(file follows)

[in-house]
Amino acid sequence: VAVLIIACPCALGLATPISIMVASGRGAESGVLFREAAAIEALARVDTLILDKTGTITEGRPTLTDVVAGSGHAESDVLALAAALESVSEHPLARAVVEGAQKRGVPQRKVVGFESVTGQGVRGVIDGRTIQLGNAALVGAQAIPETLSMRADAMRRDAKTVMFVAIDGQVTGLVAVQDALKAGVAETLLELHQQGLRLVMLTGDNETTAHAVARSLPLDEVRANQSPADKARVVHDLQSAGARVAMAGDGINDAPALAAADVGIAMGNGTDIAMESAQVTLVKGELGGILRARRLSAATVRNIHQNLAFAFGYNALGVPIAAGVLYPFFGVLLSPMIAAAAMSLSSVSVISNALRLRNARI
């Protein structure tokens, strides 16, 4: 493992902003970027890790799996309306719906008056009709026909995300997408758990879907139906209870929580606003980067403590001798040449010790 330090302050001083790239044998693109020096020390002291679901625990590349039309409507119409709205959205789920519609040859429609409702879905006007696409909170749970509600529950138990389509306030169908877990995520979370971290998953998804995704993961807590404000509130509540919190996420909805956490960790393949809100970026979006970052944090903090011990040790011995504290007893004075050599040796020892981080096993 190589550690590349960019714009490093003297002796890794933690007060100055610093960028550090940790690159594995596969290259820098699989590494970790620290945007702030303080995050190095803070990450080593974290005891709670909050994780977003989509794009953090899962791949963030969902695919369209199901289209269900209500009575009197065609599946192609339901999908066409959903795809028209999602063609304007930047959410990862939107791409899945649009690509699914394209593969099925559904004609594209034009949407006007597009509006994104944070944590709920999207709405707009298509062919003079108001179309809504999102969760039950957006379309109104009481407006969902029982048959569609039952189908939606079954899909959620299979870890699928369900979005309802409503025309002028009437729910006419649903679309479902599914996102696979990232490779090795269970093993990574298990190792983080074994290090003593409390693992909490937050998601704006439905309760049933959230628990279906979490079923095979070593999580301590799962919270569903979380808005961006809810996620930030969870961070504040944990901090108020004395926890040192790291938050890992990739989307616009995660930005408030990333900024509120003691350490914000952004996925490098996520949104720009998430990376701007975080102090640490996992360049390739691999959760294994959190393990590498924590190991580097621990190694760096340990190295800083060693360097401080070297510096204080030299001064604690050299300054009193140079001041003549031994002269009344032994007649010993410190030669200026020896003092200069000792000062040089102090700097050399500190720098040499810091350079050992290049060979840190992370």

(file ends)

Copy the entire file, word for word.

[in-house]
Amino acid sequence: VAVLIIACPCALGLATPISIMVASGRGAESGVLFREAAAIEALARVDTLILDKTGTITEGRPTLTDVVAGSGHAESDVLALAAALESVSEHPLARAVVEGAQKRGVPQRKVVGFESVTGQGVRGVIDGRTIQLGNAALVGAQAIPETLSMRADAMRRDAKTVMFVAIDGQVTGLVAVQDALKAGVAETLLELHQQGLRLVMLTGDNETTAHAVARSLPLDEVRANQSPADKARVVHDLQSAGARVAMAGDGINDAPALAAADVGIAMGNGTDIAMESAQVTLVKGELGGILRARRLSAATVRNIHQNLAFAFGYNALGVPIAAGVLYPFFGVLLSPMIAAAAMSLSSVSVISNALRLRNARI
């Protein structure tokens, strides 16, 4: 493992902003970027890790799996309306719906008056009709026909995300997408758990879907139906209870929580606003980067403590001798040449010790 330090302050001083790239044998693109020096020390002291679901625990590349039309409507119409709205959205789920519609040859429609409702879905006007696409909170749970509600529950138990389509306030169908877990995520979370971290998953998804995704993961807590404000509130509540919190996420909805956490960790393949809100970026979006970052944090903090011990040790011995504290007893004075050599040796020892981080096993 190589550690590349960019714009490093003297002796890794933690007060100055610093960028550090940790690159594995596969290259820098699989590494970790620290945007702030303080995050190095803070990450080593974290005891709670909050994780977003989509794009953090899962791949963030969902695919369209199901289209269900209500009575009197065609599946192609339901999908066409959903795809028209999602063609304007930047959410990862939107791409899945649009690509699914394209593969099925559904004609594209034009949407006007597009509006994104944070944590709920999207709405707009298509062919003079108001179309809504999102969760039950957006379309109104009481407006969902029982048959569609039952189908939606079954899909959620299979870890699928369900979005309802409503025309002028009437729910006419649903679309479902599914996102696979990232490779090795269970093993990574298990190792983080074994290090003593409390693992909490937050998601704006439905309760049933959230628990279906979490079923095979070593999580301590799962919270569903979380808005961006809810996620930030969870961070504040944990901090108020004395926890040192790291938050890992990739989307616009995660930005408030990333900024509120003691350490914000952004996925490098996520949104720009998430990376701007975080102090640490996992360049390739691999959760294994959190393990590498924590190991580097621990190694760096340990190295800083060693360097401080070297510096204080030299001064604690050299300054009193140079001041003549031994002269009344032994007649010993410190030669200026020896003092200069000792000062040089102090700097050399500190720098040499810091350079050992290049060979840190992370």